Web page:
Karen Tricot Steward

Content Development Director

As Content Development Director, Karen Tricot Steward helps with the creation of news and cultural programming and helps set standards and best practices. She manages digital content on our website and social media platforms. She also works with local program producers and people who pitch programming ideas to public radio. In addition, Karen coordinates the internship program, helping fulfill public radio’s goal of serving the community by being a place of learning.

She started at KUAR in 2001 as a news reporter. She has also served as local host and news anchor during Morning Edition and All Things Considered.

For her news reporting, she has won several awards from the Arkansas Associated Press for stories on topics like the Little Rock mayoral race and Iraq war veterans in Arkansas. She also won a first place award from the Society of Professional Journalists for investigative reporting. Karen has worked at Stone Ward, an advertising agency in Little Rock, as well as for the University of Utah and the University of Iowa. Karen has a B.A. in Journalism from the University of Arkansas at Little Rock.

Phone: 501-569-8491

E-mail: karen@kuar.org

Ways To Connect

The police shooting of an unarmed black teen in Ferguson, Missouri, continues to spark conversations in many communities around the nation, and that includes a forum in Little Rock tonight.

UALR will host a panel discussion featuring leaders from the city, university, and religious community.

The discussion will be moderated by Dr. Michael Twyman, the director of the Institute on Race and Ethnicity.

The Arkansas Press Association has a live web stream of appearances by candidates for statewide office at its annual convention, happening today in Hot Springs.

Schedule: Candidates for lieutenant governor will appear at 9 a.m.; Attorney general at 10:30 a.m.; Governor at noon.

Business and agriculture leaders in the state are touting new poll results showing 66 percent of likely Arkansas voters favor granting legal status of some kind to immigrants living illegally in the U.S.

The poll's release is part of a national day of action today in favor of immigration reform.

Hibernating bats showing signs of white nose syndrome.
Al Hicks/New York Dept. of Environmental Conservation

The U.S. Forest Service in the southern region is announcing that it's extending a closure order for all caves and mines on its lands for another five years.

The Forest Service says keeping the caves and mines closed to the public until 2019 will help prevent the human spread of white-nose syndrome. That's the devastating infection that is decimating bat colonies and is caused by an invasive fungus that grows in caves.

The Forest Service says the five-year closure period should allow scientists to continue to work on potential solutions to the spread of the disease.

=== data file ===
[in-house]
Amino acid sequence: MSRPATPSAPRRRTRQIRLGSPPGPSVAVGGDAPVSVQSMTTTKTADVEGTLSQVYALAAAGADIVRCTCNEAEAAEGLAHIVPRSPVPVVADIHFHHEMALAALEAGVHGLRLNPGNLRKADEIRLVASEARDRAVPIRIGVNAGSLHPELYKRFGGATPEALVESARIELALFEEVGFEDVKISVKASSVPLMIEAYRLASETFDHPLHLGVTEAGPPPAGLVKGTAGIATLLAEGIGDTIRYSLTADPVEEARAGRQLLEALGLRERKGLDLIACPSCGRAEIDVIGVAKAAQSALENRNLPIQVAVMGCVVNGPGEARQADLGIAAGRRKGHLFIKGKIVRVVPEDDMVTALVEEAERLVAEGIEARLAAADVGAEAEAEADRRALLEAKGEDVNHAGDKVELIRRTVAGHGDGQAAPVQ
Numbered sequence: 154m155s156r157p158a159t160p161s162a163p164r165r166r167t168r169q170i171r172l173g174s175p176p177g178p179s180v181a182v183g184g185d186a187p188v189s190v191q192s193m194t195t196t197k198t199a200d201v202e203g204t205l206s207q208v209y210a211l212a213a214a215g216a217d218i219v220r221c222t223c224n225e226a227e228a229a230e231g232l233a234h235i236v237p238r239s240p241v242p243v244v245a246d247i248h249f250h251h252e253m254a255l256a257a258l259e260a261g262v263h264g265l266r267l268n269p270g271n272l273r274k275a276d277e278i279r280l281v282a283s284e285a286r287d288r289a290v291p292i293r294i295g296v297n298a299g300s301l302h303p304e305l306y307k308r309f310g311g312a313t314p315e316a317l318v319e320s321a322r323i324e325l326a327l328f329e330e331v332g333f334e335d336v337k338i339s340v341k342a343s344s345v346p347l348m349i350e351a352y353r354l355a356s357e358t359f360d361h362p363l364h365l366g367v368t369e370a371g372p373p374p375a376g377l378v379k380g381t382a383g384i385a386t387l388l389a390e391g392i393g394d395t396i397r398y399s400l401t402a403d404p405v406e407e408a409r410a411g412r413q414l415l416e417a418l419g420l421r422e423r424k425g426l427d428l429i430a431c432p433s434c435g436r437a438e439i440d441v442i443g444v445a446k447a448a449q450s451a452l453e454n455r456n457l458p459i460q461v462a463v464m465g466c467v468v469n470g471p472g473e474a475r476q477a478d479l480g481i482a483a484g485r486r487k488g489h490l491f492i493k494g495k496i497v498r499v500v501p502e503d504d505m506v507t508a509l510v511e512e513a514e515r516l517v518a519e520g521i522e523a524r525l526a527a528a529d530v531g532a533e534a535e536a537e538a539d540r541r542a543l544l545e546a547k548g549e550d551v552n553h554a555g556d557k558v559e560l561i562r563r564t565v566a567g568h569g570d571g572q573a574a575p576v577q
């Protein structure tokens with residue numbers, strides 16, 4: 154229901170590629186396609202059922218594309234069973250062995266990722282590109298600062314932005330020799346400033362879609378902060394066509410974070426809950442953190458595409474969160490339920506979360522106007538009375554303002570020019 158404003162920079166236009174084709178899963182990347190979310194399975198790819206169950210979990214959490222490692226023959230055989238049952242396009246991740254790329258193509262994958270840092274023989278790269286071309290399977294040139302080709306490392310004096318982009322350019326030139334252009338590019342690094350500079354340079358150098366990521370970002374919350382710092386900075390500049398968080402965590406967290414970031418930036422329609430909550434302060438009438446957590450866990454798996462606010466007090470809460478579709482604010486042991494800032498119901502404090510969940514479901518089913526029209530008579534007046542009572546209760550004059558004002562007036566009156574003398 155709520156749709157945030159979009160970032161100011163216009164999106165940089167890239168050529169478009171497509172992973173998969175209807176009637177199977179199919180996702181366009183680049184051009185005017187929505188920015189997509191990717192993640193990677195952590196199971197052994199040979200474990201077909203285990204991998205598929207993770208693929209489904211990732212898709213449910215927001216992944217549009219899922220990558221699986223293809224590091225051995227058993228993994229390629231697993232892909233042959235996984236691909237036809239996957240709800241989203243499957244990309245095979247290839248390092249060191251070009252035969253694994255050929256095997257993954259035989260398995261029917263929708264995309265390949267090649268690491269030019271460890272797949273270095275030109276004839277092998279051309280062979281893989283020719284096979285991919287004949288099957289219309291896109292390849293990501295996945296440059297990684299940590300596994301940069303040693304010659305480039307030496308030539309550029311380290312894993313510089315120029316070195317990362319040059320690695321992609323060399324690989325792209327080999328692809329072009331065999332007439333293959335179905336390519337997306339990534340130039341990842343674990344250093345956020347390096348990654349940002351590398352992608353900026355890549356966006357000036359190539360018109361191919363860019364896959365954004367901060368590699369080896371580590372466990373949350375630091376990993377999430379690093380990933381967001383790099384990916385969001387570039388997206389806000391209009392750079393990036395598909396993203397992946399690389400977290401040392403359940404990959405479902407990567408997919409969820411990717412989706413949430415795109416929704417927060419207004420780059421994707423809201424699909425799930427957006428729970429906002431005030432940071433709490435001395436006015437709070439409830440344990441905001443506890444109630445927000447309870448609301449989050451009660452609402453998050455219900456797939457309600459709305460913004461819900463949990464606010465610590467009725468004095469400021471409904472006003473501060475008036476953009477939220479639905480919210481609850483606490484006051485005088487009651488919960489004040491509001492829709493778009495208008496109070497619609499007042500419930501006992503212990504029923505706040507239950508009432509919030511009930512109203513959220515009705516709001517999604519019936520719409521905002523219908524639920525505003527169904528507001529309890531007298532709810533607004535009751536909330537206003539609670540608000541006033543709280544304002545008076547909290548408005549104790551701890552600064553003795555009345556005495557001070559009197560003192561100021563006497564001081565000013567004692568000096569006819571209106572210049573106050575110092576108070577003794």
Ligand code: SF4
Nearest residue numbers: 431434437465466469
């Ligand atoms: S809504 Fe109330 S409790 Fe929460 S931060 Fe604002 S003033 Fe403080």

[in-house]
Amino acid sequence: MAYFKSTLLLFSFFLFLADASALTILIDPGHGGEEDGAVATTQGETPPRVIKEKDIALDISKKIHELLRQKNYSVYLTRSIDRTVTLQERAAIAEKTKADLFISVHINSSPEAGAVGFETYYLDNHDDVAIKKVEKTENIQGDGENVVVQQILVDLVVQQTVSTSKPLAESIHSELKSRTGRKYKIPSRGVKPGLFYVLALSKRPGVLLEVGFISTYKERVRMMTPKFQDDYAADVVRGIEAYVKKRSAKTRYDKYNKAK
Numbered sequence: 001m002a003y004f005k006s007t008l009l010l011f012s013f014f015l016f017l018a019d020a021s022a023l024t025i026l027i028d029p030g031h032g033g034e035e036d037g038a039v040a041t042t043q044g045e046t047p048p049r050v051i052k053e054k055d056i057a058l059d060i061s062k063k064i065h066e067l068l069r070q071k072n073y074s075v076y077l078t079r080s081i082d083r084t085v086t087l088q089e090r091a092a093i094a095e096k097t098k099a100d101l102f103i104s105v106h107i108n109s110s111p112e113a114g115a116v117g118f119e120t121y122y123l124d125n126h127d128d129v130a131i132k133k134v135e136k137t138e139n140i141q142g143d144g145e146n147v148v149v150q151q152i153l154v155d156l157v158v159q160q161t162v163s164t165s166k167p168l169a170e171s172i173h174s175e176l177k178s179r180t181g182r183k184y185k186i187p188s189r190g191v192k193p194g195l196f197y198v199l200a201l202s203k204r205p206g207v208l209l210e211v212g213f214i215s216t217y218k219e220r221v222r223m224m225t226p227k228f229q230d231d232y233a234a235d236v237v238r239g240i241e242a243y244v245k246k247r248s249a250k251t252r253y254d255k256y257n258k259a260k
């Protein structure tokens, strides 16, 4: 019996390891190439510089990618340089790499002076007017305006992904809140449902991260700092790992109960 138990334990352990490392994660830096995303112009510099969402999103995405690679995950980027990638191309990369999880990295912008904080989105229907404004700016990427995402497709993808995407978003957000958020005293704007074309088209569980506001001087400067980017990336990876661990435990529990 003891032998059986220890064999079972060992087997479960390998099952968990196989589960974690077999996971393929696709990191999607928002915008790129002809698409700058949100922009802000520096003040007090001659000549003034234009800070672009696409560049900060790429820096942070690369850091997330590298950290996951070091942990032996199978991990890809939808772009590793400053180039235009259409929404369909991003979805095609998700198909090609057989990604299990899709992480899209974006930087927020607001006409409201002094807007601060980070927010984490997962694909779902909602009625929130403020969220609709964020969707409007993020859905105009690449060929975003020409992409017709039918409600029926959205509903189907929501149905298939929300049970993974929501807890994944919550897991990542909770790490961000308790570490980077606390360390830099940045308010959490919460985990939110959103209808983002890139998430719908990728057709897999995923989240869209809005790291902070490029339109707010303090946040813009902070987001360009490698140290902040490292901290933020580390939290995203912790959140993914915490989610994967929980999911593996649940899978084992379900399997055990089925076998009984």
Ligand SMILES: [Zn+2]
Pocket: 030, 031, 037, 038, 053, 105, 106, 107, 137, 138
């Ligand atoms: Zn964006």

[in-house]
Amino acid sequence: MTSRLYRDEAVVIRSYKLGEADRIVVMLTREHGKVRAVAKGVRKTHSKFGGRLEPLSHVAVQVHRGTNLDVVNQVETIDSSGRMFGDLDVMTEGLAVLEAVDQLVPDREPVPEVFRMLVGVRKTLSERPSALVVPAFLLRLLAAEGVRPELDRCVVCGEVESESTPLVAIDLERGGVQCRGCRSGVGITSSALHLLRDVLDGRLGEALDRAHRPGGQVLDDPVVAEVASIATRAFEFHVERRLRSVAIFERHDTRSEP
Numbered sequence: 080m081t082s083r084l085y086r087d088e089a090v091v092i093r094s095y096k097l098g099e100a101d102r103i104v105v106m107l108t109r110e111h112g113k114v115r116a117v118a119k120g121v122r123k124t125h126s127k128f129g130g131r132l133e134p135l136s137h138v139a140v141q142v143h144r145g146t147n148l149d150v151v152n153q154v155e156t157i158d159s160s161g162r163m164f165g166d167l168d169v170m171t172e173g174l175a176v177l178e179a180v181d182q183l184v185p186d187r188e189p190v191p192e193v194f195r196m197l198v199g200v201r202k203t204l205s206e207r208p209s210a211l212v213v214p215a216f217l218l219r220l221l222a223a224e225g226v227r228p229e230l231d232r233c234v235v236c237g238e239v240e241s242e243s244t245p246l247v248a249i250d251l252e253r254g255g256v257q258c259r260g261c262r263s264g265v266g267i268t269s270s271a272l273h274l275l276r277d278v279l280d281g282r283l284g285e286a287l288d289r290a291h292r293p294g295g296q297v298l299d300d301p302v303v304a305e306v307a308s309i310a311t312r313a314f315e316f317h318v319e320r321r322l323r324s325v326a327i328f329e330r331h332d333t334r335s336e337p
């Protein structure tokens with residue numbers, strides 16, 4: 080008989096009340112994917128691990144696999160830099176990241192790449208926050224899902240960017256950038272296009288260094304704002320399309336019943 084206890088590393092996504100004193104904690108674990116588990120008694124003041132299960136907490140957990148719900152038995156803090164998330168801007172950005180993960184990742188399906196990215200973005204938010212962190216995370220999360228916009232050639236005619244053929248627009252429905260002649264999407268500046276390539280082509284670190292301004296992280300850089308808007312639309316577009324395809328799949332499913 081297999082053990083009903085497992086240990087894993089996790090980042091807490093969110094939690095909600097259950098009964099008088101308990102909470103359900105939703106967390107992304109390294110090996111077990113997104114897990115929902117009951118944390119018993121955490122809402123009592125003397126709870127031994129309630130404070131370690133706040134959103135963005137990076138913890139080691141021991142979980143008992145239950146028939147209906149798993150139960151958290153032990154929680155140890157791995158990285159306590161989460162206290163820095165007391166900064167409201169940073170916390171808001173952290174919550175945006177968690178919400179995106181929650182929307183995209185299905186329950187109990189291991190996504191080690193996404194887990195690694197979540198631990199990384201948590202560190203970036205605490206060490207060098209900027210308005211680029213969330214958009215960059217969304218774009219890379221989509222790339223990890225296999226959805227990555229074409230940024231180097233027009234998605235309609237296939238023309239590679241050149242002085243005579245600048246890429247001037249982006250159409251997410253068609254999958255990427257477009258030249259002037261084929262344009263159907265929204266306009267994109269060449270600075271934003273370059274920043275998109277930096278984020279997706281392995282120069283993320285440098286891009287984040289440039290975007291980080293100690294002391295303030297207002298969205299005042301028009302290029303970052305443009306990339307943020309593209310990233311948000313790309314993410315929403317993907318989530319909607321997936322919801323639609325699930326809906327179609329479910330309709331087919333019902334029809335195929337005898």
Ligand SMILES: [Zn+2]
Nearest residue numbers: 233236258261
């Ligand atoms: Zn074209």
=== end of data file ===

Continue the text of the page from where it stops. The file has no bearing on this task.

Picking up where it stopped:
Arkansas is one of three states facing a lawsuit over the licensing requirements for African-style hair braiding.

The Virginia-based Institute for Justice has filed the lawsuit, saying the requirement that hair braiders get cosmetology licenses to practice is unjust and unreasonable.

Attorney Paul Avelar with the Institute says cosmetology courses violate a hair braider's right to economic freedom because it requires spending thousands of dollars on schooling that does not teach braiding or test on it.

Entergy Arkansas crews prepare to assist with power restoration.
Entergy Arkansas Twitter Feed

Update: About 34,000 customers are without power at 5:53 p.m. About 12,000 of those are in Pulaski County. 

Entergy Arkansas reports that the latest round of storms has left about 44,000 of its customers without power throughout the state.

Spokesman David Lewis said the company has called in several hundred extra workers to assist with restoring power. He says many of those outages are in Little Rock.

Executive Director of Our House, Georgia Mjartan
Colleen Mayo

Our House, an organization in central Arkansas that helps the homeless with housing, job training, and youth programs, is celebrating the opening of its new Children's Center. 

Staff there say the new center will allow the organization to serve three times the number of children currently in its programs.

With a grand opening celebration set for Saturday and more than 525 people on the RSVP list, the staff at Our House is enthusiastic about the Children's Center that's been a year in the making.

Three police departments in central Arkansas are announcing the launch of mobile applications that citizens can download to fight crime in their communities and stay up-to-date on the latest notifications from law enforcement.

The Jacksonville, North Little Rock, and Benton Police Departments are each releasing their own app that they say will help them quickly relay pertinent crime reports and notifications of hazardous situations.

The head of the Poultry Federation is calling for comprehensive immigration reform, saying that his industry is currently struggling to find workers.

Marvin Childers said that without reform, the price of food is sure to skyrocket.

“If we don't do something, we're going to drive the price of food completely out of reason for Arkansans and Americans,” said Childers. “We need employees. We need to find a way to make certain that the people that are here that we get them on some path to citizenship.”

It was just last month that Maya Angelou was unable to come to Arkansas because of health problems that left her hospitalized. She had been scheduled to make an appearance in Fayetteville on April 11. 

Her well-written cancellation letter to the Fayetteville Public Library addressed what Arkansas meant to her:

Dear Fayetteville Public Library, Arkansas Family and Friends,

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